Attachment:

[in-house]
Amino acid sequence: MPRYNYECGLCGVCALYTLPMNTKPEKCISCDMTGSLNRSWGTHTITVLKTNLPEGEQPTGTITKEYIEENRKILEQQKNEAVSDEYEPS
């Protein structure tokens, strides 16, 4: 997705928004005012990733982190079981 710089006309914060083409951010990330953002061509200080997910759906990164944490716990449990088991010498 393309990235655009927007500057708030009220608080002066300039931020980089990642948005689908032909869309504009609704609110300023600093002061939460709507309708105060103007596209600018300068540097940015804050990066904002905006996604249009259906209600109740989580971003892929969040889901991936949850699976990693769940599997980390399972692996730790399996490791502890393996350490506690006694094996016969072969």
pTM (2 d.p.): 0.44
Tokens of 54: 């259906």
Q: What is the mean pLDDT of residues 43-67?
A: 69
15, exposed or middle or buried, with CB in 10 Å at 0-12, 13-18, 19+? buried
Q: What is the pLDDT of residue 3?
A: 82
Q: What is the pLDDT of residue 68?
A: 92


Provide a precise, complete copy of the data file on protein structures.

[in-house]
Amino acid sequence: MPRYNYECGLCGVCALYTLPMNTKPEKCISCDMTGSLNRSWGTHTITVLKTNLPEGEQPTGTITKEYIEENRKILEQQKNEAVSDEYEPS
């Protein structure tokens, strides 16, 4: 997705928004005012990733982190079981 710089006309914060083409951010990330953002061509200080997910759906990164944490716990449990088991010498 393309990235655009927007500057708030009220608080002066300039931020980089990642948005689908032909869309504009609704609110300023600093002061939460709507309708105060103007596209600018300068540097940015804050990066904002905006996604249009259906209600109740989580971003892929969040889901991936949850699976990693769940599997980390399972692996730790399996490791502890393996350490506690006694094996016969072969």
pTM (2 d.p.): 0.44
Tokens of 54: 């259906």
Q: What is the mean pLDDT of residues 43-67?
A: 69
15, exposed or middle or buried, with CB in 10 Å at 0-12, 13-18, 19+? buried
Q: What is the pLDDT of residue 3?
A: 82
Q: What is the pLDDT of residue 68?
A: 92